BEIJING (Reuters) – China’s soybean imports fell 11.5% in June from May, customs data showed on Friday, as the Sino-U.S. trade war and an outbreak of deadly African swine fever curb demand.
China brought in 6.51 million tonnes of soybeans in June, down from 7.36 million tonnes in May, according to data from the General Administration of Customs. It brought in 8.7 million tonnes in June last year.
While Chinese buyers last year scooped up Brazilian supplies in anticipation of hefty tariffs on U.S. cargoes, importers this year were better prepared with stocks. At the same time, African swine fever has slashed the size of the pig herd and cut feed demand.
“The June figures were expected to be lower than last year due to the trade war and African swine fever,” Xiang Bo, an analyst with Zheshang Futures, said before the data was released.
China slapped a 25% tariff on U.S. soybeans last July as part of a trade war between the world’s two largest economies, bringing imports of U.S. beans to a halt until the two countries agreed to a truce on last December.
Chinese state firms resumed some buying of U.S. soybeans following the truce until trade relations deteriorated again in early May.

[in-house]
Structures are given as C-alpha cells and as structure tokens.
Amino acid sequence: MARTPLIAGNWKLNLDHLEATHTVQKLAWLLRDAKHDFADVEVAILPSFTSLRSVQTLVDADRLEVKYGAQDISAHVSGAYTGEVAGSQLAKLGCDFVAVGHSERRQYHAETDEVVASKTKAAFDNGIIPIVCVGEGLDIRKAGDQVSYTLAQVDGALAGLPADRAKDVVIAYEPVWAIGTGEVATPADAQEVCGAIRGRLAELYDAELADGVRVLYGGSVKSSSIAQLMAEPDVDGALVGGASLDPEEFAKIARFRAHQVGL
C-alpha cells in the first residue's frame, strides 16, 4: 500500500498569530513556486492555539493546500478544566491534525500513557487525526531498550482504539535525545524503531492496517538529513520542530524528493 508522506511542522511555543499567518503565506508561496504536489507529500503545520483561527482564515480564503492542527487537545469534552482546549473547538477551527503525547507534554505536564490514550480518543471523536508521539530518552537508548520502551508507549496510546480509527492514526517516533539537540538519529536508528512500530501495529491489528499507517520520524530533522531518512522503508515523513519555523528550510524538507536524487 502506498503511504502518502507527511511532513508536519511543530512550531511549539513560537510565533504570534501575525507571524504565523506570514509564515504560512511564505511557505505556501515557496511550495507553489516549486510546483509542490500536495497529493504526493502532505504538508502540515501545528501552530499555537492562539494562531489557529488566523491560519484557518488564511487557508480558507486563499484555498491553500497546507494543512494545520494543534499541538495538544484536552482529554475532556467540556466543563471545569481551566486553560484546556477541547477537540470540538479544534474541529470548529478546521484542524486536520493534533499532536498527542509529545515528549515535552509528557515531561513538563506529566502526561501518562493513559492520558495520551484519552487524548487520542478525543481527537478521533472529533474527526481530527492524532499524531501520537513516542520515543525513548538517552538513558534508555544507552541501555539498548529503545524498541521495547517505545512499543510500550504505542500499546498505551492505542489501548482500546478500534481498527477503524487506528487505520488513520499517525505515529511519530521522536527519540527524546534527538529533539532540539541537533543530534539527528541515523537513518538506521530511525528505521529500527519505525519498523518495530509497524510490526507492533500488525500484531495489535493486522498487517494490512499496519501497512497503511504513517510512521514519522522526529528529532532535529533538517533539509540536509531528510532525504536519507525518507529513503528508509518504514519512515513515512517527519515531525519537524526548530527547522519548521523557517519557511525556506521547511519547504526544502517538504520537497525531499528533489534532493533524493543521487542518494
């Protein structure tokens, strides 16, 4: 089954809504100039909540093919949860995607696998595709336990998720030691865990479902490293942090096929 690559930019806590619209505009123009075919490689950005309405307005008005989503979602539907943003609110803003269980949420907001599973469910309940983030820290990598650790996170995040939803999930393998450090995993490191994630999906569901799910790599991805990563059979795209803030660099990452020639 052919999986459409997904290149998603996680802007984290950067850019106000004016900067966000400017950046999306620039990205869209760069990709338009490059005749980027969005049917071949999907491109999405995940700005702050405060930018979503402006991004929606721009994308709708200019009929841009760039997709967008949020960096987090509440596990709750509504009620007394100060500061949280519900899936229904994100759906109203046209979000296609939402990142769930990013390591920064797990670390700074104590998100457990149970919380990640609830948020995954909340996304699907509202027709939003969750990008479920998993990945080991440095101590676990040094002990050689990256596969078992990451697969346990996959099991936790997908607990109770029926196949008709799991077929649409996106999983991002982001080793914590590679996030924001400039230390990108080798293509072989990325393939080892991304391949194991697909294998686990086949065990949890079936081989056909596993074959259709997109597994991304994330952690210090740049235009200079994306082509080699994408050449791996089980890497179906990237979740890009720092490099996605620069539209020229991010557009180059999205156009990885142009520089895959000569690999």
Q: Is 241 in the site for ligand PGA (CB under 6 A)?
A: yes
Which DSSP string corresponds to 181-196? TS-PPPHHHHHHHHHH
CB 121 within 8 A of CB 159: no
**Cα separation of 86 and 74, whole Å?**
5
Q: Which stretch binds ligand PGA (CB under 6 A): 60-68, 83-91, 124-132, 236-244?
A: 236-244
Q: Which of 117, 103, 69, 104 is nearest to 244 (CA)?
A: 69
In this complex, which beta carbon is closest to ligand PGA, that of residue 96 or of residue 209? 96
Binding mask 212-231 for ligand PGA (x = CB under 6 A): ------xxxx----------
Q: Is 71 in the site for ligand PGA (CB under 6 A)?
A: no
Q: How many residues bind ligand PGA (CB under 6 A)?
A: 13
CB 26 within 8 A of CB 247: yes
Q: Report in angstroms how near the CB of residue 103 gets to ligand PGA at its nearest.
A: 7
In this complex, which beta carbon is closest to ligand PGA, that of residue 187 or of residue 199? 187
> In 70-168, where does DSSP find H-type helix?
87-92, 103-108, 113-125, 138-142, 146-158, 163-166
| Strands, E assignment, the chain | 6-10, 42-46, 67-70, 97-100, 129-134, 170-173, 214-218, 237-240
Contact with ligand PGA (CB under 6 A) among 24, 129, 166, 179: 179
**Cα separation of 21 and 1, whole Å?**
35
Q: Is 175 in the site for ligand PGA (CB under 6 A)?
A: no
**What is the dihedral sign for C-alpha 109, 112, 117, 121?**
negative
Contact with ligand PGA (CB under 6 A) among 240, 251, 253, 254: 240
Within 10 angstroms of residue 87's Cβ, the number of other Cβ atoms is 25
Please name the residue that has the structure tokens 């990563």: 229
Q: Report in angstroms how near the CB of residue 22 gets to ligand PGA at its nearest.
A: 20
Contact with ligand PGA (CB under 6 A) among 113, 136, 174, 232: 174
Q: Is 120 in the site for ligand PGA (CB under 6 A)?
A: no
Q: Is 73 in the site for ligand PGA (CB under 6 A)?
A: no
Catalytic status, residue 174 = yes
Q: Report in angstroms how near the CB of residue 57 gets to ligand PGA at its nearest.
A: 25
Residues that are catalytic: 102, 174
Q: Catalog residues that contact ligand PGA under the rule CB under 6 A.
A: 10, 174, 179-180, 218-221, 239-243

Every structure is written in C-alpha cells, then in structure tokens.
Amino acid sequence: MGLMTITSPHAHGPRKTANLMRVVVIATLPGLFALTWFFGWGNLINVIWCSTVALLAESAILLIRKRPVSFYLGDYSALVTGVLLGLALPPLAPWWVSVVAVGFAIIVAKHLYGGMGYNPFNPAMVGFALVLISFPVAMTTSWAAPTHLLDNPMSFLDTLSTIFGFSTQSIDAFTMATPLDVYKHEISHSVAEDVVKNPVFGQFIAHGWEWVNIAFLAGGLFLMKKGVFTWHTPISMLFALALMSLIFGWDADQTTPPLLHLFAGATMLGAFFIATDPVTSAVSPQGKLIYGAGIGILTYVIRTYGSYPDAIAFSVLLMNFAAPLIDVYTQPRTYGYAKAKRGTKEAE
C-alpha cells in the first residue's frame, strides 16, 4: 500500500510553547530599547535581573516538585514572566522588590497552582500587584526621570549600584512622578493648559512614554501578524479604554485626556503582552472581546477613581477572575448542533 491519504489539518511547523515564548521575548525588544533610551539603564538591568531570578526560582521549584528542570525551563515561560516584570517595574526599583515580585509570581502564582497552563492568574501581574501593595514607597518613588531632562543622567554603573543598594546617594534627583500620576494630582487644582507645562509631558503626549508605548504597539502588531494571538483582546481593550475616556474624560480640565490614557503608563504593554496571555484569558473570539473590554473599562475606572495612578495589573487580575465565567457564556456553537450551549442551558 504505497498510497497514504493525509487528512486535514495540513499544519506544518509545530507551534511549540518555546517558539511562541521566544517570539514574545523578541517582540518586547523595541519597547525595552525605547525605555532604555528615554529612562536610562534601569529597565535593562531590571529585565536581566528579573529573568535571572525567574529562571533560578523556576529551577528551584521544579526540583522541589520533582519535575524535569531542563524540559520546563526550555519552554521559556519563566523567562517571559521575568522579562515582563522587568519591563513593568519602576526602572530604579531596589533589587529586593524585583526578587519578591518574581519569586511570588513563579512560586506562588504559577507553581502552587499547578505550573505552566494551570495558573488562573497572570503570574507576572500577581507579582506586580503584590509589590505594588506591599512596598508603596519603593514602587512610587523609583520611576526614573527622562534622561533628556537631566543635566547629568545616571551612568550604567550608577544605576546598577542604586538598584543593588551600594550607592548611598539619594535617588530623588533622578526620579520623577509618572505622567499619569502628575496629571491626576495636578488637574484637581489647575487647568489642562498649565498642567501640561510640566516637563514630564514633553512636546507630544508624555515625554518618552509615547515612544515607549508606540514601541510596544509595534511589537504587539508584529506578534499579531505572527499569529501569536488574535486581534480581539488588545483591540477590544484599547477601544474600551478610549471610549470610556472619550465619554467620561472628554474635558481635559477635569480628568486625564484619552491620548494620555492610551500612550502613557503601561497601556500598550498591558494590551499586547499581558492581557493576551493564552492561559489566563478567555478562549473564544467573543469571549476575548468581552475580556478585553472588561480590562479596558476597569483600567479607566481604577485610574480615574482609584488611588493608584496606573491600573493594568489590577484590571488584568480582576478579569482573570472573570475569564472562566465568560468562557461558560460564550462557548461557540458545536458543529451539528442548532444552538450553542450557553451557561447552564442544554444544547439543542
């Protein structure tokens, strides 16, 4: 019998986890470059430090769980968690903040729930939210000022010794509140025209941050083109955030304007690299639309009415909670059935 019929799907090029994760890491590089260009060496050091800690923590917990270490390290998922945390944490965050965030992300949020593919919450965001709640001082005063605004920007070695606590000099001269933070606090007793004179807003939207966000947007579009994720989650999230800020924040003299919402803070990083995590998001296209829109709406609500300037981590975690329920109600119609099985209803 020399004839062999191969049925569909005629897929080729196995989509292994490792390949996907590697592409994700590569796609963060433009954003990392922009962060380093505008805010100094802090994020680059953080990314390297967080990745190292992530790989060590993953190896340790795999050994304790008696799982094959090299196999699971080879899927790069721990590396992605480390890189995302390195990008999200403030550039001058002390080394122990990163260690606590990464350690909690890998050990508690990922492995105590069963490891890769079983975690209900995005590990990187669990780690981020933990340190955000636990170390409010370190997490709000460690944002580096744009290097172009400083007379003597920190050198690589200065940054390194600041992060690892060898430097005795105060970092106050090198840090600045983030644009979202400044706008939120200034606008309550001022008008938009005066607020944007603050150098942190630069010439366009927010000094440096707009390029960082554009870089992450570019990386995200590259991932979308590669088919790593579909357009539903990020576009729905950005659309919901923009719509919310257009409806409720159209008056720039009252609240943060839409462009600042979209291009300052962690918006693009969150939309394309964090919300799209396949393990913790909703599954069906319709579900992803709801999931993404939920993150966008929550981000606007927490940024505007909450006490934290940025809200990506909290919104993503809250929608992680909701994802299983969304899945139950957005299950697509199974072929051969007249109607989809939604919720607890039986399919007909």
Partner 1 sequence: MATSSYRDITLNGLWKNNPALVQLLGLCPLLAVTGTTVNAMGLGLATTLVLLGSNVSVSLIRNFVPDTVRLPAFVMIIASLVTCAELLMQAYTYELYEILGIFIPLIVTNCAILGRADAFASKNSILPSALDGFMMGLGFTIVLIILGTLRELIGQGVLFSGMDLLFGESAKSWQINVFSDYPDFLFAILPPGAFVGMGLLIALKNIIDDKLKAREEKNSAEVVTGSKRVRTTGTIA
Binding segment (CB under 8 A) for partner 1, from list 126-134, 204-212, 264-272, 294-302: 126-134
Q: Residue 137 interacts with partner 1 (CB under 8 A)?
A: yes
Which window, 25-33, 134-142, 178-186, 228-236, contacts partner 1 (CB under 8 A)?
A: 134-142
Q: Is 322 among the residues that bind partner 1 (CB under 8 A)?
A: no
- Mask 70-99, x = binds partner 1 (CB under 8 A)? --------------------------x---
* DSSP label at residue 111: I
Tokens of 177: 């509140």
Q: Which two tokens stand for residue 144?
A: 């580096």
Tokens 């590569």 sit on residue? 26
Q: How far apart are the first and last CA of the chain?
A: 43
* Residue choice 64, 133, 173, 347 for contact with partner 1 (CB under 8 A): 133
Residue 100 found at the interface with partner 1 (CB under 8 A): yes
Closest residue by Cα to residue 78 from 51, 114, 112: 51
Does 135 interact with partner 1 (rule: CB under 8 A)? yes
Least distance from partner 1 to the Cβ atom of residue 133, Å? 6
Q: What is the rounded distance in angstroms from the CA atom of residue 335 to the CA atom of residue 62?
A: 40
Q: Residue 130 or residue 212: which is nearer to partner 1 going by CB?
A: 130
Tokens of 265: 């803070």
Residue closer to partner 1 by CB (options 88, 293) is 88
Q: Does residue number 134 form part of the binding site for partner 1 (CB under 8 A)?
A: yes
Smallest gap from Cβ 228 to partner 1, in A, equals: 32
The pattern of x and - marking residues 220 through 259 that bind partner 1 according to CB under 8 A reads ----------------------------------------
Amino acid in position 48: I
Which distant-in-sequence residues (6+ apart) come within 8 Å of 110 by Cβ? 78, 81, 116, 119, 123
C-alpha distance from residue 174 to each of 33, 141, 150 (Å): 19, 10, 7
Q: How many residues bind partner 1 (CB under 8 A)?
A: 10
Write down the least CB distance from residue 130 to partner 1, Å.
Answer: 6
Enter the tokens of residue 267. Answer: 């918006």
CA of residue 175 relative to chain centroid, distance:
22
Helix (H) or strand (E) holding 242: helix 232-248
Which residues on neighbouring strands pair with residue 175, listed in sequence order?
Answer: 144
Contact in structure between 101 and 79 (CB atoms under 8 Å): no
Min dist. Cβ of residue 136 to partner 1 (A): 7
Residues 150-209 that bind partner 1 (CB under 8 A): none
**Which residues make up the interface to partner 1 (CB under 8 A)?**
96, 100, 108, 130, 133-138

Importers again held off on purchases of U.S. cargoes before a large soybean sale to China was announced in late June, a day before a meeting between U.S. President Donald Trump and Chinese President Xi Jinping.
Deadly African swine fever outbreaks across China have also killed over a million pigs, cutting demand for soymeal in the world’s top pig producer.
China has reported more than 140 outbreaks of African swine fever since it was first detected in the country in early August 2018.
For the first six months this year, China imported 38.27 million tonnes of soybeans, down 14.7% from the same period last year.
Reporting by Shivani Singh, Hallie Gu; editing by Richard Pullin and Christian Schmollinger